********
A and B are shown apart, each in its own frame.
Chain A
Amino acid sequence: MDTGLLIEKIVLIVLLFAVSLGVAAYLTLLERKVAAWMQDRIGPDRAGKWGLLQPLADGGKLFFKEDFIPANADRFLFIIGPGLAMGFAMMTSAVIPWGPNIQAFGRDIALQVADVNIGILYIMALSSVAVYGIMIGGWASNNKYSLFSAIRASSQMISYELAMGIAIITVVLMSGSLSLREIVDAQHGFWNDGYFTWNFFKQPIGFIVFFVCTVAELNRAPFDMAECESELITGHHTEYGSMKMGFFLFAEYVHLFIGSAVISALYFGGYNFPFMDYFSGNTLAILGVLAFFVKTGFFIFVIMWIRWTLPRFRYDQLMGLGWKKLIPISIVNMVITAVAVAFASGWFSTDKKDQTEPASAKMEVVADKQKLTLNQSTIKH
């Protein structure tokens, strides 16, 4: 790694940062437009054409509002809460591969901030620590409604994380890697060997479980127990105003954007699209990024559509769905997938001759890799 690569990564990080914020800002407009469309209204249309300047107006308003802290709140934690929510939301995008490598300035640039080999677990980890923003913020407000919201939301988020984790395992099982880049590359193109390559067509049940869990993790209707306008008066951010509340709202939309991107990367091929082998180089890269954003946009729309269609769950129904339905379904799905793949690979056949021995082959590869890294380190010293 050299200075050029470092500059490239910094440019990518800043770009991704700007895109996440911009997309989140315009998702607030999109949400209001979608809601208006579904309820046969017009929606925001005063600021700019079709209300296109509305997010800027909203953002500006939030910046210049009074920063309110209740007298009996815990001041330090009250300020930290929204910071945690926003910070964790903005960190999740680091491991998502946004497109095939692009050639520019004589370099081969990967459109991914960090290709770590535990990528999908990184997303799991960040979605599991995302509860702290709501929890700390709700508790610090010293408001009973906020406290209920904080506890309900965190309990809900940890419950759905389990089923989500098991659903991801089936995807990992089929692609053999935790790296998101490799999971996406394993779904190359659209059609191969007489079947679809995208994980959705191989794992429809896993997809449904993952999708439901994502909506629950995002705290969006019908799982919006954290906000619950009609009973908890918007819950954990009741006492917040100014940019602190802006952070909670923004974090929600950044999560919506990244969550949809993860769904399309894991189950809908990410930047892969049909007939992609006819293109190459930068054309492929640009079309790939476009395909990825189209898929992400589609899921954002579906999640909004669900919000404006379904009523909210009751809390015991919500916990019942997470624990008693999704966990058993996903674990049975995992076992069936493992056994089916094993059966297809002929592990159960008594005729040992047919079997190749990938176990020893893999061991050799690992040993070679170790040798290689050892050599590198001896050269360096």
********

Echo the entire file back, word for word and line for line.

A and B are shown apart, each in its own frame.
Chain A
Amino acid sequence: MDTGLLIEKIVLIVLLFAVSLGVAAYLTLLERKVAAWMQDRIGPDRAGKWGLLQPLADGGKLFFKEDFIPANADRFLFIIGPGLAMGFAMMTSAVIPWGPNIQAFGRDIALQVADVNIGILYIMALSSVAVYGIMIGGWASNNKYSLFSAIRASSQMISYELAMGIAIITVVLMSGSLSLREIVDAQHGFWNDGYFTWNFFKQPIGFIVFFVCTVAELNRAPFDMAECESELITGHHTEYGSMKMGFFLFAEYVHLFIGSAVISALYFGGYNFPFMDYFSGNTLAILGVLAFFVKTGFFIFVIMWIRWTLPRFRYDQLMGLGWKKLIPISIVNMVITAVAVAFASGWFSTDKKDQTEPASAKMEVVADKQKLTLNQSTIKH
């Protein structure tokens, strides 16, 4: 790694940062437009054409509002809460591969901030620590409604994380890697060997479980127990105003954007699209990024559509769905997938001759890799 690569990564990080914020800002407009469309209204249309300047107006308003802290709140934690929510939301995008490598300035640039080999677990980890923003913020407000919201939301988020984790395992099982880049590359193109390559067509049940869990993790209707306008008066951010509340709202939309991107990367091929082998180089890269954003946009729309269609769950129904339905379904799905793949690979056949021995082959590869890294380190010293 050299200075050029470092500059490239910094440019990518800043770009991704700007895109996440911009997309989140315009998702607030999109949400209001979608809601208006579904309820046969017009929606925001005063600021700019079709209300296109509305997010800027909203953002500006939030910046210049009074920063309110209740007298009996815990001041330090009250300020930290929204910071945690926003910070964790903005960190999740680091491991998502946004497109095939692009050639520019004589370099081969990967459109991914960090290709770590535990990528999908990184997303799991960040979605599991995302509860702290709501929890700390709700508790610090010293408001009973906020406290209920904080506890309900965190309990809900940890419950759905389990089923989500098991659903991801089936995807990992089929692609053999935790790296998101490799999971996406394993779904190359659209059609191969007489079947679809995208994980959705191989794992429809896993997809449904993952999708439901994502909506629950995002705290969006019908799982919006954290906000619950009609009973908890918007819950954990009741006492917040100014940019602190802006952070909670923004974090929600950044999560919506990244969550949809993860769904399309894991189950809908990410930047892969049909007939992609006819293109190459930068054309492929640009079309790939476009395909990825189209898929992400589609899921954002579906999640909004669900919000404006379904009523909210009751809390015991919500916990019942997470624990008693999704966990058993996903674990049975995992076992069936493992056994089916094993059966297809002929592990159960008594005729040992047919079997190749990938176990020893893999061991050799690992040993070679170790040798290689050892050599590198001896050269360096």